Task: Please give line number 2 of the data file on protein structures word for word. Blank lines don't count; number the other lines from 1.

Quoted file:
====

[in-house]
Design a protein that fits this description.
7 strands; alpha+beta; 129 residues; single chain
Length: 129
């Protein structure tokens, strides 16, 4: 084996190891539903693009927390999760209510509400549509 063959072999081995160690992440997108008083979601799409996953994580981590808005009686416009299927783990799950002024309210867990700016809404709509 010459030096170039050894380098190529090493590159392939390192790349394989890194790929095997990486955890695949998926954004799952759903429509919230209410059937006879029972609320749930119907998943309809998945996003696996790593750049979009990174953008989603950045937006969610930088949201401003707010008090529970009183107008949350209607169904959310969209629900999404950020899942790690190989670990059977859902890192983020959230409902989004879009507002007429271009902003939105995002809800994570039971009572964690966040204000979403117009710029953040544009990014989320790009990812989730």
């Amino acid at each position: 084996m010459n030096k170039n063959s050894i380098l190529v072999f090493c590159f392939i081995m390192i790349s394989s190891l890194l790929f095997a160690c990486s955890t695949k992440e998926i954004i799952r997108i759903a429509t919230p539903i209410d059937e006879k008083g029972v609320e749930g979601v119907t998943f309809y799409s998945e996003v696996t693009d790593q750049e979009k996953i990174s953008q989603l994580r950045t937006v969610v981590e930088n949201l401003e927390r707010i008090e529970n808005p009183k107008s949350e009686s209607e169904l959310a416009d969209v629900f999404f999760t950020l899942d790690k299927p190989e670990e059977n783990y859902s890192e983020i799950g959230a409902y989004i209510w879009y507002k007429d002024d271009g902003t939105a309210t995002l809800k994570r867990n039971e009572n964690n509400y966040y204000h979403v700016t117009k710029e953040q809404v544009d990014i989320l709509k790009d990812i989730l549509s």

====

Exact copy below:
Design a protein that fits this description.